Twenty-five years ago, or longer, I read in a biography of Charles Simeon some of the usual counsel he would give to his students at Cambridge. He told them that every day he would walk to the two-mile stone (a mile marker from the University) to make certain that it was still there, and he would commend such practice to anyone engaged in the "reading life." A four-mile daily walk is not a bad discipline for anyone engaged in what is otherwise a sedentary livelihood and manner of life, and I have managed to approximate that discipline for the past several decades (not, I will admit, a daily practice). But I am also clear that I can choose not to engage in that discretionary exercise, on any given day or for stretches of time, whether for reasons of ill health, travel, a bum knee, or good old-fashioned laziness. Such a choice is not available to billions of people in this world, whose very life will depend on hard physical work.

Such labor does not deserve any condescending glance or foolish romanticism. But we do well that Benedict, in his Rule for Monks, described a spiritual life existing in a three-fold balance: (physical) work, study, and prayer--all of which is to be undertaken for the sake of the community, which is the matrix of the monk's spiritual life, and for which there is no substitute. That is hardly an unreasonable balance--work, study, and prayer. Physicality is all the more necessary for anyone desiring a deeper spiritual life, especially since spirituality, misguided, can seduce a person into forgetting the body. Anyone who has ever engaged in a demanding course of study, or a mentally or emotionally challenging vocation, to cite but two examples, will have faced that challenge. Sometimes the option of Charles Simeon is the likely one available, and if so, then let us choose it.

But let us not forget those for whom such a choice is not an option; hard physical work is their life. if that renewed insight is the only one that comes to me this week, then it will have been worth the pilgrimage.

Saturday, August 2, 2008

Saturday, August 2. The Conference winds down.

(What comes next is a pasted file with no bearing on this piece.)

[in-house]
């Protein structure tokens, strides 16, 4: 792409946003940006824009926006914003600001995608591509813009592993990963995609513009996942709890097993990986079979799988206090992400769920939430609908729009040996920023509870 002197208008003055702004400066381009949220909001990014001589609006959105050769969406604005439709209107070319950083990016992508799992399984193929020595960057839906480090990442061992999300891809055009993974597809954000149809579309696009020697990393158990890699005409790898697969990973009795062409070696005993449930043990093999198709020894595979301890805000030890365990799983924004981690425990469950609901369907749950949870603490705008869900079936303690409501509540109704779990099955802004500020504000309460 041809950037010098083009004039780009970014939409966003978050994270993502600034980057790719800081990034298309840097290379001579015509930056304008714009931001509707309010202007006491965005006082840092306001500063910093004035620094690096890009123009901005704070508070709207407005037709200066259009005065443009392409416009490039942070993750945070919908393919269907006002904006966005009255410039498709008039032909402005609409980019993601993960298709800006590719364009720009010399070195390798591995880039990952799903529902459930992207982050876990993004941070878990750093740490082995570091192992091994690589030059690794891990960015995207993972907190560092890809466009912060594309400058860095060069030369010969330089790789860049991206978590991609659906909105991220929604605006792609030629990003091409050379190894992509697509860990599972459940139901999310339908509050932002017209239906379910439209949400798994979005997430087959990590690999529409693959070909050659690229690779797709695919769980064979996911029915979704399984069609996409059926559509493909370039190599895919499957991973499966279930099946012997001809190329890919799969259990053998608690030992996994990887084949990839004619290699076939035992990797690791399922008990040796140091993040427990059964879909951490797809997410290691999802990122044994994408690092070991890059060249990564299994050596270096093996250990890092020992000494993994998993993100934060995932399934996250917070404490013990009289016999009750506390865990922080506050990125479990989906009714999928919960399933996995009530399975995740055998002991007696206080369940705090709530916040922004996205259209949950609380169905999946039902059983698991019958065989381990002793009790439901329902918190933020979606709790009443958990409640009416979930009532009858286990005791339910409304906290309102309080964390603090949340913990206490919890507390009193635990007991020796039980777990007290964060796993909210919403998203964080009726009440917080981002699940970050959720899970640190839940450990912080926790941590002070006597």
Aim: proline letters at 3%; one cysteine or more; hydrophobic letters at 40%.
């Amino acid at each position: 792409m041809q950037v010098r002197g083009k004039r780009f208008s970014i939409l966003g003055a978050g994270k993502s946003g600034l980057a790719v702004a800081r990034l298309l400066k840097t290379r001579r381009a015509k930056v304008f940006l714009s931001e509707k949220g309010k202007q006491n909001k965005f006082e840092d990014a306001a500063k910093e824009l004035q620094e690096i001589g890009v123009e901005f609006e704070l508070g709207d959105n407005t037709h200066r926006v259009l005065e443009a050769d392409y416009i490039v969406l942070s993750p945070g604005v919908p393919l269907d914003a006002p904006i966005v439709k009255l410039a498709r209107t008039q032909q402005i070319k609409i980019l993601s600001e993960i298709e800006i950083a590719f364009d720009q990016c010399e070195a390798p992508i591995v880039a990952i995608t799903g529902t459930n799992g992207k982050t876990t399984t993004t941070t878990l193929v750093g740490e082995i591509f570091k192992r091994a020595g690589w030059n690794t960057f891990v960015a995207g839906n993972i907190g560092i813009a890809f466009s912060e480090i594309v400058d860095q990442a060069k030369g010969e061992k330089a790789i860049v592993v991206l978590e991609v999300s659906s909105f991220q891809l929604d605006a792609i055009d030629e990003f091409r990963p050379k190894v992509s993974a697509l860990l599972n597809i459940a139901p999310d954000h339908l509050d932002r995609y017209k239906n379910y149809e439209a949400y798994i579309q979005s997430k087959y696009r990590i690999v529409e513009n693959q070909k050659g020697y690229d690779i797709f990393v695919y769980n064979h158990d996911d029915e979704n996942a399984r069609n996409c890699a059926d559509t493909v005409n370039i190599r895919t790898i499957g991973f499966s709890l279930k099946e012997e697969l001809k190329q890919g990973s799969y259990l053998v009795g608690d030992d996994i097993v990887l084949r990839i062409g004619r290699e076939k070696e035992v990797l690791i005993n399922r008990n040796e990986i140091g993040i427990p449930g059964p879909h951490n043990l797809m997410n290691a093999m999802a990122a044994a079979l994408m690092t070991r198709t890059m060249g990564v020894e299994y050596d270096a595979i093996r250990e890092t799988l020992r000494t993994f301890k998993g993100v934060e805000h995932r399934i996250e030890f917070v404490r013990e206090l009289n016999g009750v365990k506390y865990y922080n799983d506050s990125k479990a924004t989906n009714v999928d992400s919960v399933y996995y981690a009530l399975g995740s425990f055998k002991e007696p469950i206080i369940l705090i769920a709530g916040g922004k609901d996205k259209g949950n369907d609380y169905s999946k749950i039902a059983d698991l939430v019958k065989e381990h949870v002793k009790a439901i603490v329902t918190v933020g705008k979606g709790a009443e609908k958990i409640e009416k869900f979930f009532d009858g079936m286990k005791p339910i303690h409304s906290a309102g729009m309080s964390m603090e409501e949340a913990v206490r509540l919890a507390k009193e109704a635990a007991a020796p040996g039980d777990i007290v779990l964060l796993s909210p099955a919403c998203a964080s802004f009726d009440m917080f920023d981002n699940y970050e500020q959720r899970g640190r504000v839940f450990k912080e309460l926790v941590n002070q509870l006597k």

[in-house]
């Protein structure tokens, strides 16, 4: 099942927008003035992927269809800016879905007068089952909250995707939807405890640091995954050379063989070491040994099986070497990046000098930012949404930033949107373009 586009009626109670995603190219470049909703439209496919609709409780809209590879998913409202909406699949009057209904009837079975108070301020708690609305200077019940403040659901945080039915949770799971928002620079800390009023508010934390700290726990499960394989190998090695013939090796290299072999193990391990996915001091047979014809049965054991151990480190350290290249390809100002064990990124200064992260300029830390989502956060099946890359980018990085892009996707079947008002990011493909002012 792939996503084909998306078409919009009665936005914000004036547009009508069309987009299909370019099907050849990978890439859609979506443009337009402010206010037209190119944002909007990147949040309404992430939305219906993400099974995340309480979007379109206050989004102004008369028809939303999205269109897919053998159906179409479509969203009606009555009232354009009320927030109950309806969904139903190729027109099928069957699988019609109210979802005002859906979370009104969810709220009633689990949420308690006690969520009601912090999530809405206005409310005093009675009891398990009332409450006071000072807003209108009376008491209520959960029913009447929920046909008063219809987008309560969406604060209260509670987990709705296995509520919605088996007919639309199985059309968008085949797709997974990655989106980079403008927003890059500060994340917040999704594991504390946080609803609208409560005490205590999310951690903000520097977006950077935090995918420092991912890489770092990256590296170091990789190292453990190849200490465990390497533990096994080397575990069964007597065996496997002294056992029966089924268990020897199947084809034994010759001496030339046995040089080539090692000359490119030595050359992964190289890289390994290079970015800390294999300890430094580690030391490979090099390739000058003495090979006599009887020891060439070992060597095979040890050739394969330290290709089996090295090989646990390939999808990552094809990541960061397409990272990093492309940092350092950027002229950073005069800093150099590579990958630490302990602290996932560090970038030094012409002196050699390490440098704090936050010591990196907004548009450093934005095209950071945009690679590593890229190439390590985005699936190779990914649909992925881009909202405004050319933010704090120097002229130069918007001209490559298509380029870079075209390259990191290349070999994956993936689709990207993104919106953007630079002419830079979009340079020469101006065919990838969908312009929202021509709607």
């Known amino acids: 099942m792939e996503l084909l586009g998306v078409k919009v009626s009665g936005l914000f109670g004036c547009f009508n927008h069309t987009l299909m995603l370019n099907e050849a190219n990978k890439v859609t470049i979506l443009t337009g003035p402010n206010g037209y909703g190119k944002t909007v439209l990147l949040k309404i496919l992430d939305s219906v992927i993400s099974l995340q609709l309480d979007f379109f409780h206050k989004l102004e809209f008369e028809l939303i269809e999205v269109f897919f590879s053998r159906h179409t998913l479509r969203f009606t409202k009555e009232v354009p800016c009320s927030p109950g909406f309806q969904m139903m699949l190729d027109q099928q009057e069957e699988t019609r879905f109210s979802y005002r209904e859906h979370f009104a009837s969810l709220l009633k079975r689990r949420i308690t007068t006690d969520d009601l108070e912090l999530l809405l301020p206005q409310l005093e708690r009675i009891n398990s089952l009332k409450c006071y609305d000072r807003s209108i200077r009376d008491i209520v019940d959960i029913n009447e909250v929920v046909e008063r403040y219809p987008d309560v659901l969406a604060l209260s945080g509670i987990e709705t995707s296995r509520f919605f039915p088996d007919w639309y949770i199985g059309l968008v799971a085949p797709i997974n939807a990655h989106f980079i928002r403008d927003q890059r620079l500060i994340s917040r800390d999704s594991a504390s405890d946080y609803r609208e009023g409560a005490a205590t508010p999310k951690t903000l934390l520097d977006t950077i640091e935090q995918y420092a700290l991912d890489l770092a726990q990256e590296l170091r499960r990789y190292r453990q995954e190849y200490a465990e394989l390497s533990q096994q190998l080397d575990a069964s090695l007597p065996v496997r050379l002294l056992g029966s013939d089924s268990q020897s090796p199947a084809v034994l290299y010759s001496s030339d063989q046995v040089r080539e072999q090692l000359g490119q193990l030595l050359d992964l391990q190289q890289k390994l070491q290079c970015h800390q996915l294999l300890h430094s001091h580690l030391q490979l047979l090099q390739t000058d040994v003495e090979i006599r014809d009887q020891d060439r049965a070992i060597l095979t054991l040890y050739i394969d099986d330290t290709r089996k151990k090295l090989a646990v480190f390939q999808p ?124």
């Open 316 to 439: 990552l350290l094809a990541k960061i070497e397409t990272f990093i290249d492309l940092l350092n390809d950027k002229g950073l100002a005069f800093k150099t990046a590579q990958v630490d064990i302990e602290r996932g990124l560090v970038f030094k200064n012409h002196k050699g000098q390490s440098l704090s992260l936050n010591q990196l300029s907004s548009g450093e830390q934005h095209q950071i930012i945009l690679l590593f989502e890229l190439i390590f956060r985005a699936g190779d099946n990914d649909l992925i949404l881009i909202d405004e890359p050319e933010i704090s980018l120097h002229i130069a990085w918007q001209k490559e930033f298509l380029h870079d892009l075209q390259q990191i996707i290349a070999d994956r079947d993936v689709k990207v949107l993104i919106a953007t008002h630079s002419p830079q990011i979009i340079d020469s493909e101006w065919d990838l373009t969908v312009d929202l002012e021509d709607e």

As I glance back over my early posts during this peculiar pilgrimage, I am aware of a weariness having set in, during these most recent days. There is a Groundhog-Day quality, I suppose, to any conference marking an intentional rhythm to the day. But that everyday sameness, coupled with the spiritual and emotional intensity of the work set before us, has left me ready for the Conference's end. As one colleague put it, "When we first arrived in Canterbury about six months ago . . . . " And then today I awoke with a cold. I want to go home.

The awareness of a few millions praying for us around the Anglican world has been very close throughout the Conference, and no more so than during Bible study this morning, when we considered the text John 18:1-18 and pondered the question: What makes it possible for a leader to lead the way Jesus led? Whatever else, we all agreed, the prayers of many are crucial. Whatever provisional successes this Conference has arrived at--the palpable deepening of relationships, the near absence of poisonous statements, the tendency away from grandstanding, a desire for solidarity in mission, the fact that no one stormed out in protest--has happened in no small part because you have prayed, and that your prayers joined the prayers of millions. That we have arrived at these most modest achievements is no small matter, given the gloomy prognostications of many beforehand. I say "provisional successes," partly because not all the bishops were here, as you well know. They are provisional also because of the fragility of many relationships, despite their having grown during our time together. They are provisional, because they have yet to be field-tested among the whole of the baptized. Even so, the bishops are mostly trying to find ways to walk toward one another, and that gives hope for sustaining the unity in baptism that is already ours, through Christ Jesus.